If you’ve never used isolation products before, then you’re missing out on one of the easiest ways to tweak your hi-fi rig.
I know many consider any hi-fi accessories outside of lamp cord as “snake oil.” But if you take the time to carefully piece together a system (especially as part of a hobby), you owe it to yourself to have an open mind regarding final touches that can take your sound to the next level.
Case in point, I just got in two first-class products from IsoAcoustics, a company who’s grabbed a ton of awards for both their Pro and Home Audio isolation products.
The products I’m referring to, the Aperta Speaker Stands ($199 a pair) and the Orea Graphite Isolator Feet ($45 each), both come from their Home Audio line. I put each of them into two separate systems I’m running, and I was stunned at the improvement in sound quality, especially with the Aperta.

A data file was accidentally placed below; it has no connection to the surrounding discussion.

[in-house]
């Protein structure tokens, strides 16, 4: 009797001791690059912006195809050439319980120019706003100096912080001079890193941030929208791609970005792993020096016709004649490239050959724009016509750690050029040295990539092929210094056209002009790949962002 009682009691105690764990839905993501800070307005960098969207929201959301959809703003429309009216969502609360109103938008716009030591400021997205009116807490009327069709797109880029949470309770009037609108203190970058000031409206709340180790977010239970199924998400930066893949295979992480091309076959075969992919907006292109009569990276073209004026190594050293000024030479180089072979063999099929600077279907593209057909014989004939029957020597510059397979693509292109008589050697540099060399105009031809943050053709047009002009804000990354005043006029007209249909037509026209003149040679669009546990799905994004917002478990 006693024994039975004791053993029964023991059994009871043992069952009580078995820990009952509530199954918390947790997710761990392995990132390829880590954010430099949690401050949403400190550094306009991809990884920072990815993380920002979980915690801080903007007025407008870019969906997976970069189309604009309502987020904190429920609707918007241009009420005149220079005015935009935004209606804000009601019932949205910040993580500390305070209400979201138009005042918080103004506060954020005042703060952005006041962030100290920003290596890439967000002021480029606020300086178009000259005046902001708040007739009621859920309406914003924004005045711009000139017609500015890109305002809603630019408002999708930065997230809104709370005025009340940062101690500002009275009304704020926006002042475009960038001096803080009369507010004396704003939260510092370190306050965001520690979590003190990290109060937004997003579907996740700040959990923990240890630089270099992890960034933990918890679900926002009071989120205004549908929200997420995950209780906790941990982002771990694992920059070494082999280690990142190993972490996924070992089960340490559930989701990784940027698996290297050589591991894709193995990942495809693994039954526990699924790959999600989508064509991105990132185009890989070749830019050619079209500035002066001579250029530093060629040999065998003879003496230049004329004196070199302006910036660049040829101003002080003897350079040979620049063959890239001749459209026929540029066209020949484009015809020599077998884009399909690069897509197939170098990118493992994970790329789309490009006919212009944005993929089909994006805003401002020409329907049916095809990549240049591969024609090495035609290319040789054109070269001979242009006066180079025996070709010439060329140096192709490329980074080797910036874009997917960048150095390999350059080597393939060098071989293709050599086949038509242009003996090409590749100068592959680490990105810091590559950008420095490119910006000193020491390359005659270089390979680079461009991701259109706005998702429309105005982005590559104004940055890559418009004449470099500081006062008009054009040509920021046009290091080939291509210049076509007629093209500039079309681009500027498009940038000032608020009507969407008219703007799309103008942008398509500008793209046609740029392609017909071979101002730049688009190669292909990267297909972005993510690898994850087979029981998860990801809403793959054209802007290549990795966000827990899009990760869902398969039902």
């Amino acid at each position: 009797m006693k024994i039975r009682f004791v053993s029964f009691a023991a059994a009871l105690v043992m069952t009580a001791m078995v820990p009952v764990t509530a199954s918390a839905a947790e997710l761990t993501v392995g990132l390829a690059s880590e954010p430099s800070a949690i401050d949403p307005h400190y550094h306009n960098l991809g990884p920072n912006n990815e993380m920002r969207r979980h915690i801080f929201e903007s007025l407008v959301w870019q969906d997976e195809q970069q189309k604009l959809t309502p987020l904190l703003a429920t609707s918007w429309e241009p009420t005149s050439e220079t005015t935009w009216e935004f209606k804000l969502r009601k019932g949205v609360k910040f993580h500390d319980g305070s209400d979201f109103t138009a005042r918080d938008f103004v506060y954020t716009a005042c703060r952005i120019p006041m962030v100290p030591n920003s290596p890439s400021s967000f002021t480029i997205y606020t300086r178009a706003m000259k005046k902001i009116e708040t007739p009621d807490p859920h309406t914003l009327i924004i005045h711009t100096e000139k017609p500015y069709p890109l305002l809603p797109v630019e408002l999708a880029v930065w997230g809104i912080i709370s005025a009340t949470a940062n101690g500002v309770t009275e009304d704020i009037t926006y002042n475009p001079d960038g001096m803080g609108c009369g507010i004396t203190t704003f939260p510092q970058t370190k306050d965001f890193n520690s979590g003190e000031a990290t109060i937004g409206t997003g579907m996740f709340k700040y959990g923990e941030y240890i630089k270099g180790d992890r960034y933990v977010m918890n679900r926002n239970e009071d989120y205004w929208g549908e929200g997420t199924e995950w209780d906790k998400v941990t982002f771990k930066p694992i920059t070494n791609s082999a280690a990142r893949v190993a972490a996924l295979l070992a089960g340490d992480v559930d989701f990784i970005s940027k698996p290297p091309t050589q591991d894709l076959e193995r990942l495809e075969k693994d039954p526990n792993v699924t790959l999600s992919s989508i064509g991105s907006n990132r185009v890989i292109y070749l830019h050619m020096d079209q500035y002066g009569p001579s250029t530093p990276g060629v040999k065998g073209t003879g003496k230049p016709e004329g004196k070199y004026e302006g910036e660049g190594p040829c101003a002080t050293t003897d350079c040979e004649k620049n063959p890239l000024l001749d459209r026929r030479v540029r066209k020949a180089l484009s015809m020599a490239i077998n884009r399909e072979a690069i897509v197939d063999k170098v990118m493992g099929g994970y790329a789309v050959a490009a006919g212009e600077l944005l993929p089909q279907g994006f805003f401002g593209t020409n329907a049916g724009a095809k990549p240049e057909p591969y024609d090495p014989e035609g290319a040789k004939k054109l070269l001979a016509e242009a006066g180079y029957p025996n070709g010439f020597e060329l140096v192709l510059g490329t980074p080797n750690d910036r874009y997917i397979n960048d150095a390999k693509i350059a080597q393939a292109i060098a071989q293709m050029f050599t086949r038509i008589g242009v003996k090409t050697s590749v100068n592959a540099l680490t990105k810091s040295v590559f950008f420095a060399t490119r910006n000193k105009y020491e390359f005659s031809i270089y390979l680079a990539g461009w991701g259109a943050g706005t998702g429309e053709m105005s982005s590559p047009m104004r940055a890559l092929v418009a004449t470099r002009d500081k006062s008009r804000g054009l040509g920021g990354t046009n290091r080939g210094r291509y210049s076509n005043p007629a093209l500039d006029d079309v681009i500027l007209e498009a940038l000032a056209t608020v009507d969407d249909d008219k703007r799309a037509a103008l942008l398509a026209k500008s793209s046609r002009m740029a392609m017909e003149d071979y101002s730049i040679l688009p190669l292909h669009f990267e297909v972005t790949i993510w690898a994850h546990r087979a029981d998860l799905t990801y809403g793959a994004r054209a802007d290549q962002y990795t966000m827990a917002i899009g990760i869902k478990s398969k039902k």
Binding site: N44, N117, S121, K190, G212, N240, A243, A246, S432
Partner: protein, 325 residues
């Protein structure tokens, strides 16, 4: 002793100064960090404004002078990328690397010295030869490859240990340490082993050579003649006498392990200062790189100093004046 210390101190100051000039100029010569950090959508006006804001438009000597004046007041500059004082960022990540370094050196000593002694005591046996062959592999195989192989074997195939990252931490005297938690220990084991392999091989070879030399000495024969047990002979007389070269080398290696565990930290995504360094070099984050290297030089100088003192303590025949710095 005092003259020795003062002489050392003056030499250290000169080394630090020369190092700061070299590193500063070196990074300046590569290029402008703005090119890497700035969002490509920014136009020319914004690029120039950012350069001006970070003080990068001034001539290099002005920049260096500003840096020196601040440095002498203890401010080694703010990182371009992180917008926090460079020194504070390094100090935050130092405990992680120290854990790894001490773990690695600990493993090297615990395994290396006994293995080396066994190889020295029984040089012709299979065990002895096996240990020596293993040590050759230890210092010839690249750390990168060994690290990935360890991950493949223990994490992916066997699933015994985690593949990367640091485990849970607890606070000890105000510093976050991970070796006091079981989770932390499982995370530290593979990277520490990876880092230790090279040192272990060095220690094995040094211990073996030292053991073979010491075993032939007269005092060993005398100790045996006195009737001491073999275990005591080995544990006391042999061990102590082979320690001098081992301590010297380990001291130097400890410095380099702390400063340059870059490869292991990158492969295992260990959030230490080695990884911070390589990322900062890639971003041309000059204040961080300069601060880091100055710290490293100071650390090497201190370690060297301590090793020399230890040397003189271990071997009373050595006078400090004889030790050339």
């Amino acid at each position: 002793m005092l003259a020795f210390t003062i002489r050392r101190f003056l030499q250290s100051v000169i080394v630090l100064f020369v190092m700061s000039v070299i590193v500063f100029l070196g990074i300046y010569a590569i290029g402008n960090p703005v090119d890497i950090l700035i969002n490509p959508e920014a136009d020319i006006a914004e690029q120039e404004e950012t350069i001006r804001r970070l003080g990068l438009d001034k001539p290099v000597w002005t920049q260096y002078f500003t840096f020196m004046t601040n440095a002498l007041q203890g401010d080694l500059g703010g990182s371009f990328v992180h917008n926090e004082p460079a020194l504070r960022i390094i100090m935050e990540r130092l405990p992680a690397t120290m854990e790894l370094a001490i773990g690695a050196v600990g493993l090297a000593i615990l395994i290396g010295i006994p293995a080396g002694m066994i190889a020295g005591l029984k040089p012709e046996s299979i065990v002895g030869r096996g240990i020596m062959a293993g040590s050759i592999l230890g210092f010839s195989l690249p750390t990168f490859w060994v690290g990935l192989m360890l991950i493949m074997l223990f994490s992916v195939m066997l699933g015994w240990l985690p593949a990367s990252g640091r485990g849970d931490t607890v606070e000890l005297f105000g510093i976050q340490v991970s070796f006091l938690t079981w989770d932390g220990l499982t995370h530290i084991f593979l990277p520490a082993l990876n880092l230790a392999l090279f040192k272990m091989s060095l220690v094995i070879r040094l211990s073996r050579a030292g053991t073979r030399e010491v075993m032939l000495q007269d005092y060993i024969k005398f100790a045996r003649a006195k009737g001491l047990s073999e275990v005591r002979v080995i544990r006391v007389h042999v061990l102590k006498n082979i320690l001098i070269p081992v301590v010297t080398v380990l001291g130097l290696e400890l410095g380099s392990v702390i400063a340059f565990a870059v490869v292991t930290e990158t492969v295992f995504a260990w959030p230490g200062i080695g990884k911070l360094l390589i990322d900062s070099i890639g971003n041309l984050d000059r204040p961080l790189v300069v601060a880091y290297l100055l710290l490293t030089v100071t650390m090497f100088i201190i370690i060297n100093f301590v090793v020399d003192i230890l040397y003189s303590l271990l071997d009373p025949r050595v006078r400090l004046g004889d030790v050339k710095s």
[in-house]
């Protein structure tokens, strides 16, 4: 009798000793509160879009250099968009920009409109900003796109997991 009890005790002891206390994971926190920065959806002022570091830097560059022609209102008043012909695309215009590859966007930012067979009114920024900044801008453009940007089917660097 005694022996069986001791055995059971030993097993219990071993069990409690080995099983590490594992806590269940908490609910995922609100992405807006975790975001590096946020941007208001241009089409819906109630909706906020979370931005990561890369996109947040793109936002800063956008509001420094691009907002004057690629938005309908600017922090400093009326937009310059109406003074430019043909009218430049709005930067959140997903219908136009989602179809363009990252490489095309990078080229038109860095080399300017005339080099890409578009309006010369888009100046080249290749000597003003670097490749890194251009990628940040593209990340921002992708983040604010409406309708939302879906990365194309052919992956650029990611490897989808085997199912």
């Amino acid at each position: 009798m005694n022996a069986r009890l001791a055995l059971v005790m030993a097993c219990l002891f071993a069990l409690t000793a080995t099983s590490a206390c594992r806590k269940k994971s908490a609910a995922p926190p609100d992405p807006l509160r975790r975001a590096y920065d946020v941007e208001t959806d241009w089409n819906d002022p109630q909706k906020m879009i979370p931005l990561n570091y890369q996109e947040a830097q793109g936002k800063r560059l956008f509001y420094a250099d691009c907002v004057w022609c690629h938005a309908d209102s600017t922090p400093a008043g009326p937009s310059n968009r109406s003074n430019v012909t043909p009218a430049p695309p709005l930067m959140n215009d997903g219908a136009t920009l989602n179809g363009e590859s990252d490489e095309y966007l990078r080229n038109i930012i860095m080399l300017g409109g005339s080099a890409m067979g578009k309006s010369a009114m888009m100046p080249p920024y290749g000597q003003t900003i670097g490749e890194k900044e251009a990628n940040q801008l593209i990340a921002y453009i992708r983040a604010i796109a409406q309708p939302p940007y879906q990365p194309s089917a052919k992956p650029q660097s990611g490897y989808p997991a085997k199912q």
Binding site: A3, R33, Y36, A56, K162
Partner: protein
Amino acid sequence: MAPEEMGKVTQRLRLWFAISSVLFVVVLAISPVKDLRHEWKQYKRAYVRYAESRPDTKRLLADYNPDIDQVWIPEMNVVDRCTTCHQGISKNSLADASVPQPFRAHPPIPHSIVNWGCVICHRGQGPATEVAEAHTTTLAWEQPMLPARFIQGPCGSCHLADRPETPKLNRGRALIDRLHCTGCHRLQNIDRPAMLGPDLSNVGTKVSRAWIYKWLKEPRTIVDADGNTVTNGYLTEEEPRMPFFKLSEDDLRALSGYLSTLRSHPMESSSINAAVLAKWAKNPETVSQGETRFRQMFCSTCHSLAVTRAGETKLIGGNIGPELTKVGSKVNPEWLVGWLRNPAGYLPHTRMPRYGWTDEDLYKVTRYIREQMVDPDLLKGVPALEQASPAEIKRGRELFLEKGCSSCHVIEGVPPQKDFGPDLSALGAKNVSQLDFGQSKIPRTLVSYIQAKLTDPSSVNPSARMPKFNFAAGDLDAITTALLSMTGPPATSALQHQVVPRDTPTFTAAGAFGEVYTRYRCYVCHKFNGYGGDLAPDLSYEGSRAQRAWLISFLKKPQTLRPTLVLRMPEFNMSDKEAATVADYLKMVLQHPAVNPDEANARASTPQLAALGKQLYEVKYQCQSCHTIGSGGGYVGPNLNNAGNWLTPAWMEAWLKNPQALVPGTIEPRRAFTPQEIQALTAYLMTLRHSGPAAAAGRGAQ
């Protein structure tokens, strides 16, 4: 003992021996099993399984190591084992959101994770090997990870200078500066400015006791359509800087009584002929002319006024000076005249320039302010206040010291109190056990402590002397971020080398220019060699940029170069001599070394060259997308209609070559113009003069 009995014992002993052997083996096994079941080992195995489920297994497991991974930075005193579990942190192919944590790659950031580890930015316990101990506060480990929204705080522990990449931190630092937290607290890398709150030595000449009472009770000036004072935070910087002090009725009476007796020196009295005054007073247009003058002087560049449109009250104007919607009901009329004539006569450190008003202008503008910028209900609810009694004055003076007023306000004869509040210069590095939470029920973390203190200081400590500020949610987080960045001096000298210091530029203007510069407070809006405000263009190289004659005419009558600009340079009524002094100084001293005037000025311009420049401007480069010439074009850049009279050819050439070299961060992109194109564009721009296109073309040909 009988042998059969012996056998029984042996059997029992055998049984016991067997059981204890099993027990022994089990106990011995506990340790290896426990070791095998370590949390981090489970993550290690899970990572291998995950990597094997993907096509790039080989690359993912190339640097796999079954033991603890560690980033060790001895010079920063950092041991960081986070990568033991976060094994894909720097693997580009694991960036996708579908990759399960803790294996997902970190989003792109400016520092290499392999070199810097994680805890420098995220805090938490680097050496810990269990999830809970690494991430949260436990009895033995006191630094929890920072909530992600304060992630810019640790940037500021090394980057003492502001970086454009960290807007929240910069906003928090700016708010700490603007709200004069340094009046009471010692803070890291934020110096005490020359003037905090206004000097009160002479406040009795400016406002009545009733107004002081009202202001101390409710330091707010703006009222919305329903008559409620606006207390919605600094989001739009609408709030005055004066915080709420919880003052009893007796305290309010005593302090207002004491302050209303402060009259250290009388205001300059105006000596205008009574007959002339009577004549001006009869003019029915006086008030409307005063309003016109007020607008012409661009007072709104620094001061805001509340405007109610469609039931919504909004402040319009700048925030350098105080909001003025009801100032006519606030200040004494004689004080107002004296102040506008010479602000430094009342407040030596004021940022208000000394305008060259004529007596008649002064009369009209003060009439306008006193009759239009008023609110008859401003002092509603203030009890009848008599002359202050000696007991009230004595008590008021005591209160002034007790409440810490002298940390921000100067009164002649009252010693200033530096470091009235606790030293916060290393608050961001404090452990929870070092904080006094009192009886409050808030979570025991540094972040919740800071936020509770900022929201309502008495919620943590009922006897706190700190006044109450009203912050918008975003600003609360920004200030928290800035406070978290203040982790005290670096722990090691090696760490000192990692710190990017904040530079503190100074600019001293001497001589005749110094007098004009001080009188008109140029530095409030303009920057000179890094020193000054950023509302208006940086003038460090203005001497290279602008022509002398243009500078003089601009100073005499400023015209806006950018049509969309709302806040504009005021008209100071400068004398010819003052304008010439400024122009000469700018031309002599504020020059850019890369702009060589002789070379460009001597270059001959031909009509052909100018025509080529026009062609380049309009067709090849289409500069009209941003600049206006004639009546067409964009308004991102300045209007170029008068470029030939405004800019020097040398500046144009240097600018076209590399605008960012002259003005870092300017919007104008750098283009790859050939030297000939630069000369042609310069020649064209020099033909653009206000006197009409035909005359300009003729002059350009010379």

I set up the Aperta stands on my desktop (you can also use them on speaker stands) with a pair of Kanto TUK powered speakers ($799), replacing a set of cheap foam isolation pads. I got the pads on Amazon for about 15 bucks, and they did an ok job of reducing fidelity-killing vibrations coming up from my cheap IKEA desk.
However, when I put in the Aperta stands, two things happened. One, the AMT tweeters on the TUK were raised closer to my ear level. The foam pads had to depend on a slight uptilt to direct the sound up to my ears. BTW, if you choose, the Aperta has an internal tilt adjustment of up to 6.5 degrees to fine-tune the angle of the speaker.
Second, the Aperta stands use some innovative technology to decouple the speakers from the surface they’re standing on. When you pull out the stands, you notice one side has a logo on it, and the other doesn’t. Aperta is designed to be used with the logo facing front so it can focus the drivers’ energy to be on axis with the rest of the speaker.